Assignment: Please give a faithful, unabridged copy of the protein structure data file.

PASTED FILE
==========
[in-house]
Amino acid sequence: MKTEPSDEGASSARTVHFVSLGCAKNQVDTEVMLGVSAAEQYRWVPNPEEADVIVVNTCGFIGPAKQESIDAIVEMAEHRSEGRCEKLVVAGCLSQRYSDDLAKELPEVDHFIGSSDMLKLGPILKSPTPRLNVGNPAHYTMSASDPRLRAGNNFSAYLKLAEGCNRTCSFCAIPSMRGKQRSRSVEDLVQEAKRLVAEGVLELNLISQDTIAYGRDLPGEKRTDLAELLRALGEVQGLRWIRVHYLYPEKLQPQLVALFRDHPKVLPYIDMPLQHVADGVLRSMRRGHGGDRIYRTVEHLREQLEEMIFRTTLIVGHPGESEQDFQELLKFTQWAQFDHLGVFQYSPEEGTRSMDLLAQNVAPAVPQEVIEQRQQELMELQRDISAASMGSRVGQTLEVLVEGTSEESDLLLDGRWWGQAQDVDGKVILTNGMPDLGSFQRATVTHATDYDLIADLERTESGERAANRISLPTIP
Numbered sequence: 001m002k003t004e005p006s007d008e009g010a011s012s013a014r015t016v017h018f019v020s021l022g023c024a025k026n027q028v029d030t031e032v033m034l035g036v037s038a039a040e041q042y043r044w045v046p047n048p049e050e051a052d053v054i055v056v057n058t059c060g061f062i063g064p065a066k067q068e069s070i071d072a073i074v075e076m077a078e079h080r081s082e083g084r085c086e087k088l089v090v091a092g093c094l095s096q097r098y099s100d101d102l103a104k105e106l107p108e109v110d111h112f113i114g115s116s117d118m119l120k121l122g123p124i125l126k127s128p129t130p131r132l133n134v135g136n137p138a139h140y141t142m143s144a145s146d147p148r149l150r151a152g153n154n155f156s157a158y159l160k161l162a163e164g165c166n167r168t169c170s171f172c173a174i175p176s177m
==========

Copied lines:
[in-house]
Amino acid sequence: MKTEPSDEGASSARTVHFVSLGCAKNQVDTEVMLGVSAAEQYRWVPNPEEADVIVVNTCGFIGPAKQESIDAIVEMAEHRSEGRCEKLVVAGCLSQRYSDDLAKELPEVDHFIGSSDMLKLGPILKSPTPRLNVGNPAHYTMSASDPRLRAGNNFSAYLKLAEGCNRTCSFCAIPSMRGKQRSRSVEDLVQEAKRLVAEGVLELNLISQDTIAYGRDLPGEKRTDLAELLRALGEVQGLRWIRVHYLYPEKLQPQLVALFRDHPKVLPYIDMPLQHVADGVLRSMRRGHGGDRIYRTVEHLREQLEEMIFRTTLIVGHPGESEQDFQELLKFTQWAQFDHLGVFQYSPEEGTRSMDLLAQNVAPAVPQEVIEQRQQELMELQRDISAASMGSRVGQTLEVLVEGTSEESDLLLDGRWWGQAQDVDGKVILTNGMPDLGSFQRATVTHATDYDLIADLERTESGERAANRISLPTIP
Numbered sequence: 001m002k003t004e005p006s007d008e009g010a011s012s013a014r015t016v017h018f019v020s021l022g023c024a025k026n027q028v029d030t031e032v033m034l035g036v037s038a039a040e041q042y043r044w045v046p047n048p049e050e051a052d053v054i055v056v057n058t059c060g061f062i063g064p065a066k067q068e069s070i071d072a073i074v075e076m077a078e079h080r081s082e083g084r085c086e087k088l089v090v091a092g093c094l095s096q097r098y099s100d101d102l103a104k105e106l107p108e109v110d111h112f113i114g115s116s117d118m119l120k121l122g123p124i125l126k127s128p129t130p131r132l133n134v135g136n137p138a139h140y141t142m143s144a145s146d147p148r149l150r151a152g153n154n155f156s157a158y159l160k161l162a163e164g165c166n167r168t169c170s171f172c173a174i175p176s177m